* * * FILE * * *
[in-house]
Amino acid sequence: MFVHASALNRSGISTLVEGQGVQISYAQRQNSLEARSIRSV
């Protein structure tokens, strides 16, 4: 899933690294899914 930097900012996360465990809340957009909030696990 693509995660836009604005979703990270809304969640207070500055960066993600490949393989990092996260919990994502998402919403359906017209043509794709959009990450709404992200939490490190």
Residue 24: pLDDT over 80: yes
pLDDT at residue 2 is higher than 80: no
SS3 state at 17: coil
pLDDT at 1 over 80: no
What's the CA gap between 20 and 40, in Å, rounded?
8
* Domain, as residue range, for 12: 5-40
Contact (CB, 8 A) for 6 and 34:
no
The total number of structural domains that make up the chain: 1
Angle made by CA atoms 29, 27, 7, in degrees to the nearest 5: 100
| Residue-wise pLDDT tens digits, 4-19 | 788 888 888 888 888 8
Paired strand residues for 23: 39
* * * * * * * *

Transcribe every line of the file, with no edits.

[in-house]
Amino acid sequence: MFVHASALNRSGISTLVEGQGVQISYAQRQNSLEARSIRSV
């Protein structure tokens, strides 16, 4: 899933690294899914 930097900012996360465990809340957009909030696990 693509995660836009604005979703990270809304969640207070500055960066993600490949393989990092996260919990994502998402919403359906017209043509794709959009990450709404992200939490490190």
Residue 24: pLDDT over 80: yes
pLDDT at residue 2 is higher than 80: no
SS3 state at 17: coil
pLDDT at 1 over 80: no
What's the CA gap between 20 and 40, in Å, rounded?
8
* Domain, as residue range, for 12: 5-40
Contact (CB, 8 A) for 6 and 34:
no
The total number of structural domains that make up the chain: 1
Angle made by CA atoms 29, 27, 7, in degrees to the nearest 5: 100
| Residue-wise pLDDT tens digits, 4-19 | 788 888 888 888 888 8
Paired strand residues for 23: 39